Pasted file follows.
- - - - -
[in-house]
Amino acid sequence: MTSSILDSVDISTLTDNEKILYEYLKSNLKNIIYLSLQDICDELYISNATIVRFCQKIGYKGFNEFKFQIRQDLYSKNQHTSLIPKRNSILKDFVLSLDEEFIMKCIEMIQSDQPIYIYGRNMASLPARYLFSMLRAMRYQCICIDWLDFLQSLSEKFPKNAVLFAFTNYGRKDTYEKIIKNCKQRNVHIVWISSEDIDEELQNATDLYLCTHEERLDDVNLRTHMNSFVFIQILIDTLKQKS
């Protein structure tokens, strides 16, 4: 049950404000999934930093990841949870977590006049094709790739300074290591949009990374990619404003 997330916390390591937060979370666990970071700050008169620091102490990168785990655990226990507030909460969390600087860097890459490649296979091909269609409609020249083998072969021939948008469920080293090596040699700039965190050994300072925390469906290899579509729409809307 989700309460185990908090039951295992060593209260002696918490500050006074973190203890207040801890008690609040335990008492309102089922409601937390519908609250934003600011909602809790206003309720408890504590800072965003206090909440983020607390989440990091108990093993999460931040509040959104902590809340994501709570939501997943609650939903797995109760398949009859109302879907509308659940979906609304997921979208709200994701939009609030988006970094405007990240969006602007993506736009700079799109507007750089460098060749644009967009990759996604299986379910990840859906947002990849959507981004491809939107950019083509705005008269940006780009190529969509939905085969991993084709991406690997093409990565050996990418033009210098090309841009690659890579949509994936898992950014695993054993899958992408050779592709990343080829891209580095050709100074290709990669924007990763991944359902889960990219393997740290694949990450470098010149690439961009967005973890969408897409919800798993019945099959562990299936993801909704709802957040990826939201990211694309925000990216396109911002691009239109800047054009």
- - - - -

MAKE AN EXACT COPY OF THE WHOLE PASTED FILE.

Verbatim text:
[in-house]
Amino acid sequence: MTSSILDSVDISTLTDNEKILYEYLKSNLKNIIYLSLQDICDELYISNATIVRFCQKIGYKGFNEFKFQIRQDLYSKNQHTSLIPKRNSILKDFVLSLDEEFIMKCIEMIQSDQPIYIYGRNMASLPARYLFSMLRAMRYQCICIDWLDFLQSLSEKFPKNAVLFAFTNYGRKDTYEKIIKNCKQRNVHIVWISSEDIDEELQNATDLYLCTHEERLDDVNLRTHMNSFVFIQILIDTLKQKS
């Protein structure tokens, strides 16, 4: 049950404000999934930093990841949870977590006049094709790739300074290591949009990374990619404003 997330916390390591937060979370666990970071700050008169620091102490990168785990655990226990507030909460969390600087860097890459490649296979091909269609409609020249083998072969021939948008469920080293090596040699700039965190050994300072925390469906290899579509729409809307 989700309460185990908090039951295992060593209260002696918490500050006074973190203890207040801890008690609040335990008492309102089922409601937390519908609250934003600011909602809790206003309720408890504590800072965003206090909440983020607390989440990091108990093993999460931040509040959104902590809340994501709570939501997943609650939903797995109760398949009859109302879907509308659940979906609304997921979208709200994701939009609030988006970094405007990240969006602007993506736009700079799109507007750089460098060749644009967009990759996604299986379910990840859906947002990849959507981004491809939107950019083509705005008269940006780009190529969509939905085969991993084709991406690997093409990565050996990418033009210098090309841009690659890579949509994936898992950014695993054993899958992408050779592709990343080829891209580095050709100074290709990669924007990763991944359902889960990219393997740290694949990450470098010149690439961009967005973890969408897409919800798993019945099959562990299936993801909704709802957040990826939201990211694309925000990216396109911002691009239109800047054009």